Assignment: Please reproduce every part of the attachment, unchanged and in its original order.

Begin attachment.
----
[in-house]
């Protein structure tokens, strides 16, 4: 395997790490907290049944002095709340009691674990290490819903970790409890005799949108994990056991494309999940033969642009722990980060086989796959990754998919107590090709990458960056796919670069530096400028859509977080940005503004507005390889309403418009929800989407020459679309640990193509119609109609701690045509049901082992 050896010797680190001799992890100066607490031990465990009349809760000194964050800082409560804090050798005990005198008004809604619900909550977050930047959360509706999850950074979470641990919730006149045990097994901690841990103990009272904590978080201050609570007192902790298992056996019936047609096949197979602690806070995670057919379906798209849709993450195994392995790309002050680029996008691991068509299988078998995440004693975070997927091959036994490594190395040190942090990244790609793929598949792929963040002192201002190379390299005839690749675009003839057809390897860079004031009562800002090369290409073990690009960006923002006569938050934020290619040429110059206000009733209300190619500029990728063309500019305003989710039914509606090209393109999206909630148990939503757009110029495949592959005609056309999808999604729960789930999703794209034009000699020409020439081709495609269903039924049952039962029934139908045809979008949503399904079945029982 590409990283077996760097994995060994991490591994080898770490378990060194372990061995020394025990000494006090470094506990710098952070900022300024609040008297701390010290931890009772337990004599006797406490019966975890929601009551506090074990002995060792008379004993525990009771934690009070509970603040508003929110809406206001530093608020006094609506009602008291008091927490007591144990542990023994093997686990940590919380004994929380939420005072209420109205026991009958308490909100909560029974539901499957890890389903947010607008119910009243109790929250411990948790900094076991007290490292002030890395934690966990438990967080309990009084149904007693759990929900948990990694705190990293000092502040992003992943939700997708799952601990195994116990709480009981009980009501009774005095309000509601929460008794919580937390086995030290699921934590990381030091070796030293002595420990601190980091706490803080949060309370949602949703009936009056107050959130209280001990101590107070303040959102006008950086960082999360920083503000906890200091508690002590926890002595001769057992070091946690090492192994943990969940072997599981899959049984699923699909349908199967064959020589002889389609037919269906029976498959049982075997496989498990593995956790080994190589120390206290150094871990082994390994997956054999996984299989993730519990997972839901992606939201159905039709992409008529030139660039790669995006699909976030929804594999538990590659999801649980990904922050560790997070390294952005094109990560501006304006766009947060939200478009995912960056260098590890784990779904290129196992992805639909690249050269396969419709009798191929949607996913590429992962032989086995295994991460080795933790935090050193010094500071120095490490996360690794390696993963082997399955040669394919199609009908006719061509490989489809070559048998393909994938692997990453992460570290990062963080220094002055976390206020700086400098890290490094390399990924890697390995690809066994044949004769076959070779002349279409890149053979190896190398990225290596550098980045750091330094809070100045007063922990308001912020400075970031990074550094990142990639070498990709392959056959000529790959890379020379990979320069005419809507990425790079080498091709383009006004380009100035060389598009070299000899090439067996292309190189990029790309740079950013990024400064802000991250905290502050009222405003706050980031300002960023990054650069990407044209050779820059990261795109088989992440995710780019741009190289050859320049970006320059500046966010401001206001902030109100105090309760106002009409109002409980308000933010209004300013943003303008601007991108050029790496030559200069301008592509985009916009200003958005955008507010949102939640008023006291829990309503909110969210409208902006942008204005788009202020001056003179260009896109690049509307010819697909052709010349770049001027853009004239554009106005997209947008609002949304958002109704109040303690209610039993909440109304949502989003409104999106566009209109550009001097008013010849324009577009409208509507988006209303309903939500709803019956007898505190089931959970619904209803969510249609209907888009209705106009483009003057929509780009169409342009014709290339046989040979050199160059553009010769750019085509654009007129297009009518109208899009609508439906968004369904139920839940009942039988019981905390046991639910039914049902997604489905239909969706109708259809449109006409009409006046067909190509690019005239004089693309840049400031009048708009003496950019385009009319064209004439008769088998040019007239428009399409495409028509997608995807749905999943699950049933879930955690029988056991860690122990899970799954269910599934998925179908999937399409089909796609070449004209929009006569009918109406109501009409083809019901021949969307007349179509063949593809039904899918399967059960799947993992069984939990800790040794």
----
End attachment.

[in-house]
């Protein structure tokens, strides 16, 4: 395997790490907290049944002095709340009691674990290490819903970790409890005799949108994990056991494309999940033969642009722990980060086989796959990754998919107590090709990458960056796919670069530096400028859509977080940005503004507005390889309403418009929800989407020459679309640990193509119609109609701690045509049901082992 050896010797680190001799992890100066607490031990465990009349809760000194964050800082409560804090050798005990005198008004809604619900909550977050930047959360509706999850950074979470641990919730006149045990097994901690841990103990009272904590978080201050609570007192902790298992056996019936047609096949197979602690806070995670057919379906798209849709993450195994392995790309002050680029996008691991068509299988078998995440004693975070997927091959036994490594190395040190942090990244790609793929598949792929963040002192201002190379390299005839690749675009003839057809390897860079004031009562800002090369290409073990690009960006923002006569938050934020290619040429110059206000009733209300190619500029990728063309500019305003989710039914509606090209393109999206909630148990939503757009110029495949592959005609056309999808999604729960789930999703794209034009000699020409020439081709495609269903039924049952039962029934139908045809979008949503399904079945029982 590409990283077996760097994995060994991490591994080898770490378990060194372990061995020394025990000494006090470094506990710098952070900022300024609040008297701390010290931890009772337990004599006797406490019966975890929601009551506090074990002995060792008379004993525990009771934690009070509970603040508003929110809406206001530093608020006094609506009602008291008091927490007591144990542990023994093997686990940590919380004994929380939420005072209420109205026991009958308490909100909560029974539901499957890890389903947010607008119910009243109790929250411990948790900094076991007290490292002030890395934690966990438990967080309990009084149904007693759990929900948990990694705190990293000092502040992003992943939700997708799952601990195994116990709480009981009980009501009774005095309000509601929460008794919580937390086995030290699921934590990381030091070796030293002595420990601190980091706490803080949060309370949602949703009936009056107050959130209280001990101590107070303040959102006008950086960082999360920083503000906890200091508690002590926890002595001769057992070091946690090492192994943990969940072997599981899959049984699923699909349908199967064959020589002889389609037919269906029976498959049982075997496989498990593995956790080994190589120390206290150094871990082994390994997956054999996984299989993730519990997972839901992606939201159905039709992409008529030139660039790669995006699909976030929804594999538990590659999801649980990904922050560790997070390294952005094109990560501006304006766009947060939200478009995912960056260098590890784990779904290129196992992805639909690249050269396969419709009798191929949607996913590429992962032989086995295994991460080795933790935090050193010094500071120095490490996360690794390696993963082997399955040669394919199609009908006719061509490989489809070559048998393909994938692997990453992460570290990062963080220094002055976390206020700086400098890290490094390399990924890697390995690809066994044949004769076959070779002349279409890149053979190896190398990225290596550098980045750091330094809070100045007063922990308001912020400075970031990074550094990142990639070498990709392959056959000529790959890379020379990979320069005419809507990425790079080498091709383009006004380009100035060389598009070299000899090439067996292309190189990029790309740079950013990024400064802000991250905290502050009222405003706050980031300002960023990054650069990407044209050779820059990261795109088989992440995710780019741009190289050859320049970006320059500046966010401001206001902030109100105090309760106002009409109002409980308000933010209004300013943003303008601007991108050029790496030559200069301008592509985009916009200003958005955008507010949102939640008023006291829990309503909110969210409208902006942008204005788009202020001056003179260009896109690049509307010819697909052709010349770049001027853009004239554009106005997209947008609002949304958002109704109040303690209610039993909440109304949502989003409104999106566009209109550009001097008013010849324009577009409208509507988006209303309903939500709803019956007898505190089931959970619904209803969510249609209907888009209705106009483009003057929509780009169409342009014709290339046989040979050199160059553009010769750019085509654009007129297009009518109208899009609508439906968004369904139920839940009942039988019981905390046991639910039914049902997604489905239909969706109708259809449109006409009409006046067909190509690019005239004089693309840049400031009048708009003496950019385009009319064209004439008769088998040019007239428009399409495409028509997608995807749905999943699950049933879930955690029988056991860690122990899970799954269910599934998925179908999937399409089909796609070449004209929009006569009918109406109501009409083809019901021949969307007349179509063949593809039904899918399967059960799947993992069984939990800790040794």